In principle, pilots, like all people, have limited choices when called to multitask: They can interweave steps of one task with steps of other tasks, or defer one task until the other task is completed, or even purposefully omit one task. The choice and the degree to which any of these proves successful depend on the interaction of the characteristics of the tasks being performed, human information processing attributes, and the experience, skill, and goals of the individual — always within the context of prevailing standard operating procedures and operational restrictions. However, the approach people take to multitasking demands is not necessarily deliberate or well thought out.

During our observations, we spent many hours watching pilots handle routine multitasking situations, apparently without much effort or many errors — but we became increasingly uneasy with the risks they were unknowingly accepting each time they were called to react in ad hoc, inventive ways. Too many of these seemingly benign situations bore a striking resemblance to stories recounted by pilots in incident reports or that we read about in accident reports.(15)

For example, the crew cited in the first paragraph of this article received a stick shaker warning after rotation and realized they had inadvertently omitted setting the flaps to the takeoff position. This crew had been multitasking, attempting to concurrently address a discrepancy in their route and an inoperative call chime.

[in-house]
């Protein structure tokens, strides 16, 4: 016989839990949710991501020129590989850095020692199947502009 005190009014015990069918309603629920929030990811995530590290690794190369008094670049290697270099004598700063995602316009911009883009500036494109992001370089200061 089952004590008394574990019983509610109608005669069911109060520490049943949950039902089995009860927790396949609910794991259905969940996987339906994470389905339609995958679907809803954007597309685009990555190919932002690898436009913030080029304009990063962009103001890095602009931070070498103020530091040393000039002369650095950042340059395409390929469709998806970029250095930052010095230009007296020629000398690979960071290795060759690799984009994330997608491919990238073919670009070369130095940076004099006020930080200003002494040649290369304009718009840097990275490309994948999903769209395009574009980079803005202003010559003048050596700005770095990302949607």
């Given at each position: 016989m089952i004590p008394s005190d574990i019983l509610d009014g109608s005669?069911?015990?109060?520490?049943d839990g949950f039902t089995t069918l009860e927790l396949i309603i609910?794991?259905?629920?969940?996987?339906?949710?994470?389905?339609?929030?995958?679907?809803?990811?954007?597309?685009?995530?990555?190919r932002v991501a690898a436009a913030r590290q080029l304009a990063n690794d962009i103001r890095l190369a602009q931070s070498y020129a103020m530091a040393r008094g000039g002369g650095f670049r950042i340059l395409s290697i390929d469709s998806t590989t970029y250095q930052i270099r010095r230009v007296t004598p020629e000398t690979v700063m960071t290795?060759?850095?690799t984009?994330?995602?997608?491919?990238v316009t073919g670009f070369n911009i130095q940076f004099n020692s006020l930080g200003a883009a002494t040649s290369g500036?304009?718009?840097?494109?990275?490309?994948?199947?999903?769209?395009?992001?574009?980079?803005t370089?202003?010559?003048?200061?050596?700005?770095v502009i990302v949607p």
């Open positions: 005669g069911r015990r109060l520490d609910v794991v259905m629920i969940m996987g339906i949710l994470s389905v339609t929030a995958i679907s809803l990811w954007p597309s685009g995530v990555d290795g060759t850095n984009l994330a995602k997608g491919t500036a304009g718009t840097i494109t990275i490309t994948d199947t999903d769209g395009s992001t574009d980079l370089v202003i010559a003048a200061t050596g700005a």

The crew in the Birmingham event rejected their takeoff, after finding it impossible to rotate the aircraft, because they had inadvertently omitted setting the stabilizer trim for takeoff. This crew was also multitasking: They had to deice the aircraft, were preoccupied by the weather conditions, were trying to meet a takeoff time constraint, and were focused on remembering (which they did) to set the flaps, which they had deferred earlier because of the slushy conditions.

The Madrid accident apparently resulted from the crew’s inadvertent omission of setting the flaps for takeoff, coupled with the failure of the takeoff configuration warning system. Was this crew also multitasking? There are indications that the crew was distracted by an overheating probe, and had to return to the gate for maintenance, receive additional fuel, and start the engines anew. Our research has focused on key aspects of human cognition that lie at the heart of multitasking, namely remembering to perform tasks that must be deferred (prospective memory), automatic processing and switching attention between tasks. There is considerable scientific evidence that pilots, like all people, are highly vulnerable to inadvertent but potentially deadly omissions when a situation leads them to defer a task that normally is performed at a particular time and place. Deferring a task breaks up the normal sequence of habitual actions and removes environmental cues that help pilots remember what to do next. Interruptions create especially dangerous prospective memory situations — by requiring pilots to remember to resume the deferred, interrupted task — but are so commonplace that pilots may not recognize the threat.